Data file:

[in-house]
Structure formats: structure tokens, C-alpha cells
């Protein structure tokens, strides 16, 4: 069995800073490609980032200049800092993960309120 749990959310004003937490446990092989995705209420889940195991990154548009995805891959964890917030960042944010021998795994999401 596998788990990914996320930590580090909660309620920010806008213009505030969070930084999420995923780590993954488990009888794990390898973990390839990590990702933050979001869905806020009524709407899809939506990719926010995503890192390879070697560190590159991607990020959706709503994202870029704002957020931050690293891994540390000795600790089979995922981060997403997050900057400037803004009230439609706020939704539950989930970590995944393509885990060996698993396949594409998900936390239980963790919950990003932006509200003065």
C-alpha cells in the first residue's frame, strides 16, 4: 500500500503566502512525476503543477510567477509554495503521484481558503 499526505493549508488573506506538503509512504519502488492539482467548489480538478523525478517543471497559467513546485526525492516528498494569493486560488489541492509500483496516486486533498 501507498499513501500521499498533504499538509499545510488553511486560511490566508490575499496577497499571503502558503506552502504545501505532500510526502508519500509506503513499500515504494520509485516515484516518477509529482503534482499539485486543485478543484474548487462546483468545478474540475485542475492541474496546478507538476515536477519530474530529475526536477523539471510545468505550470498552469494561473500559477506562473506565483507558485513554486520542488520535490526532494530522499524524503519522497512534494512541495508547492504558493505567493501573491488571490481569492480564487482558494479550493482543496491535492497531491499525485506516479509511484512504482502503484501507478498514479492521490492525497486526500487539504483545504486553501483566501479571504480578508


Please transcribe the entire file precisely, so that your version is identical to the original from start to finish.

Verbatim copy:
[in-house]
Structure formats: structure tokens, C-alpha cells
């Protein structure tokens, strides 16, 4: 069995800073490609980032200049800092993960309120 749990959310004003937490446990092989995705209420889940195991990154548009995805891959964890917030960042944010021998795994999401 596998788990990914996320930590580090909660309620920010806008213009505030969070930084999420995923780590993954488990009888794990390898973990390839990590990702933050979001869905806020009524709407899809939506990719926010995503890192390879070697560190590159991607990020959706709503994202870029704002957020931050690293891994540390000795600790089979995922981060997403997050900057400037803004009230439609706020939704539950989930970590995944393509885990060996698993396949594409998900936390239980963790919950990003932006509200003065």
C-alpha cells in the first residue's frame, strides 16, 4: 500500500503566502512525476503543477510567477509554495503521484481558503 499526505493549508488573506506538503509512504519502488492539482467548489480538478523525478517543471497559467513546485526525492516528498494569493486560488489541492509500483496516486486533498 501507498499513501500521499498533504499538509499545510488553511486560511490566508490575499496577497499571503502558503506552502504545501505532500510526502508519500509506503513499500515504494520509485516515484516518477509529482503534482499539485486543485478543484474548487462546483468545478474540475485542475492541474496546478507538476515536477519530474530529475526536477523539471510545468505550470498552469494561473500559477506562473506565483507558485513554486520542488520535490526532494530522499524524503519522497512534494512541495508547492504558493505567493501573491488571490481569492480564487482558494479550493482543496491535492497531491499525485506516479509511484512504482502503484501507478498514479492521490492525497486526500487539504483545504486553501483566501479571504480578508